Juxtapoz Sound and Vision is a weekly segment on our platform dedicated to exploring one piece of substantial album artwork every Sunday. Album artwork is one of the primary ways that musicians and visual artists are able to collaborate, and many iconic album covers are simultaneously iconic pieces of pop art. It’s also an excuse for us to share some of our favorite albums and the visual component behind what makes an album groundbreaking and fun.

November 25th, 2018: Nas’ Illmatic
Cover photos by Olu Dara and Danny Clinch // Cover design by Aimée Macauley


Nas’ 1994 debut album Illmatic is the type of album that comes around once in a generation, if that. The Queens-born rapper had made a splash in the NYC underground scene in the preceding years, catching the attention of many reputable producers from hip hop’s hometown. Despite this, Nas was passed up by many before inking a deal with Columbia records, recruiting DJ Premier, Large Professor, Pete Rock, Q-Tip, and L.E.S to assist in the album’s production. Nas’ narrative genius and forthright delivery, combined with his extensive knowledge of history made him an immediate legend upon the album’s release. The album is credited with reviving New York’s hip hop scene and is widely regarded as one of the greatest and most influential albums ever made.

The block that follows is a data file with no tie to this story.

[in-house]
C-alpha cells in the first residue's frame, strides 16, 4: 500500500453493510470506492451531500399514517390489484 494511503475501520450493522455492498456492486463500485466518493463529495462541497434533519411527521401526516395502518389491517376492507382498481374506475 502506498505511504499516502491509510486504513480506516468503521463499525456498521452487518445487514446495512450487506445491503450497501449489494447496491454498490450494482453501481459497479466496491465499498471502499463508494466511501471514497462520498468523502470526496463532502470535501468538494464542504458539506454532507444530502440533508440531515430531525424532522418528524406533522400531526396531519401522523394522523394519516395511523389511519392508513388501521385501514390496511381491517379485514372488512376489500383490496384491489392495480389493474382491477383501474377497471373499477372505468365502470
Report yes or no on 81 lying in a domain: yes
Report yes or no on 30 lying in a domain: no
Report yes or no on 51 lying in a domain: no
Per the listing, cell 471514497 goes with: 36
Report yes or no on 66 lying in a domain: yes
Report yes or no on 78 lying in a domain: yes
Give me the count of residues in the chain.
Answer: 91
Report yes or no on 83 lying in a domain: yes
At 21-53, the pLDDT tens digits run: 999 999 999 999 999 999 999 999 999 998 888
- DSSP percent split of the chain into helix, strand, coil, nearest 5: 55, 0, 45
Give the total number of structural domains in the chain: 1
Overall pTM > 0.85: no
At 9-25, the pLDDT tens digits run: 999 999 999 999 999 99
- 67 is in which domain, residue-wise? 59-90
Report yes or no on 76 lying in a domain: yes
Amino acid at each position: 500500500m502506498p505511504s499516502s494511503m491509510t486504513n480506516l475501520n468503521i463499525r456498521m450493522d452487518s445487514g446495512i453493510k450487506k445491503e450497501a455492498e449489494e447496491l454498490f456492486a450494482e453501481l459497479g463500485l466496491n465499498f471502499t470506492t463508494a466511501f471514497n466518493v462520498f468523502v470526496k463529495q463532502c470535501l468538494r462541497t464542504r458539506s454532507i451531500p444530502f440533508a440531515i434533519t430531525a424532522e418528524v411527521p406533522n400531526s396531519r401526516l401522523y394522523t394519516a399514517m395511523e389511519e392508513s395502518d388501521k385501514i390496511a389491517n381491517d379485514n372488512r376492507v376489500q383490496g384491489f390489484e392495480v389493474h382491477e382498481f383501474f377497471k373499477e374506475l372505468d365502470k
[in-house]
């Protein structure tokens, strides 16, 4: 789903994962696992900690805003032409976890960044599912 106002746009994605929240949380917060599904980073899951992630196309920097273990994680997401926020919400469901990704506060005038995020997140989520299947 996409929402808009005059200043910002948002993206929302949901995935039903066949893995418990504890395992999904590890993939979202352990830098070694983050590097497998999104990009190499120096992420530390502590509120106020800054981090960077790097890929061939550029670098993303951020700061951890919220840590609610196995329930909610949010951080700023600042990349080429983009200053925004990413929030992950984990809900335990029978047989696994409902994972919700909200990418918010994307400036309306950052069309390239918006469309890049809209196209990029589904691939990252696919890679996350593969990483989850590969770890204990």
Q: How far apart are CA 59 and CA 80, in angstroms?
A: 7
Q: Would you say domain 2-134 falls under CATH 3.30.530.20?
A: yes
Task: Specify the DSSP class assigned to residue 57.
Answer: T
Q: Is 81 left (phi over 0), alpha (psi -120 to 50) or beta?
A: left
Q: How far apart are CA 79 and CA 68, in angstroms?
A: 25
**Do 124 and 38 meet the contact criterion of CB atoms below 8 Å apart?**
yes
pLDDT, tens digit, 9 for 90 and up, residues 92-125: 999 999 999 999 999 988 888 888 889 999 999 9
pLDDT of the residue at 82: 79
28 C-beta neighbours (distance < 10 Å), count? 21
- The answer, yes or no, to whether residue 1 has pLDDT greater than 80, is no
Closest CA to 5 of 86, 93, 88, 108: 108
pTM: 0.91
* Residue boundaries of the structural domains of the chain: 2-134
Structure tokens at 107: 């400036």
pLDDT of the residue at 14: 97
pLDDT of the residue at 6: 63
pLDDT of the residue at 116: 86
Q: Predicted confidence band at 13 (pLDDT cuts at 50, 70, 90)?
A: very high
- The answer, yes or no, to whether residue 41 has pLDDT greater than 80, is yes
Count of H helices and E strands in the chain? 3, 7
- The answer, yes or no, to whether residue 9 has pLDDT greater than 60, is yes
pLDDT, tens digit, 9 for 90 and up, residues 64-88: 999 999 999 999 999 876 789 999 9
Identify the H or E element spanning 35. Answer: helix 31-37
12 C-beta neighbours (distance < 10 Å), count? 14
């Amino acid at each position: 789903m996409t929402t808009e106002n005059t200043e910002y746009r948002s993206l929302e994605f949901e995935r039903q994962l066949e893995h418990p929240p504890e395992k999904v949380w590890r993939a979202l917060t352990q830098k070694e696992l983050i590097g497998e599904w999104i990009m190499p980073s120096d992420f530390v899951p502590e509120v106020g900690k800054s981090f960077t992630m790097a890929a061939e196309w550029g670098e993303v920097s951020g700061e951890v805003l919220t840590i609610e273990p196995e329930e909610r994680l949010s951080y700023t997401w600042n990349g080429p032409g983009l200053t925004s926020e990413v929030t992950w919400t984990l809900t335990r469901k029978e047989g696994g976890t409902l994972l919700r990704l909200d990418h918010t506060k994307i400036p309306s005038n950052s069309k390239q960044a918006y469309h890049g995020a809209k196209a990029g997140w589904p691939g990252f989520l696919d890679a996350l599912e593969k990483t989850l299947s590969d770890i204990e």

Cutting no corners, Nas utilized the album’s cover artwork to fully realize his storytelling mastery. The design features a faded photograph of Nas, age 7, taken by his father and featured cornetist Olu Dara, superimposed over a city block photograph by Danny Clinch. Nas noted that age 7 was when he began to fully see the reality of his life while considering his role, and fate, in the Queensbridge projects. Although he originally planned to adorn Illmatic’s cover with an image of him holding Jesus Christ in a headlock, he eventually settled on this concept which was designed by Aimée Macauley.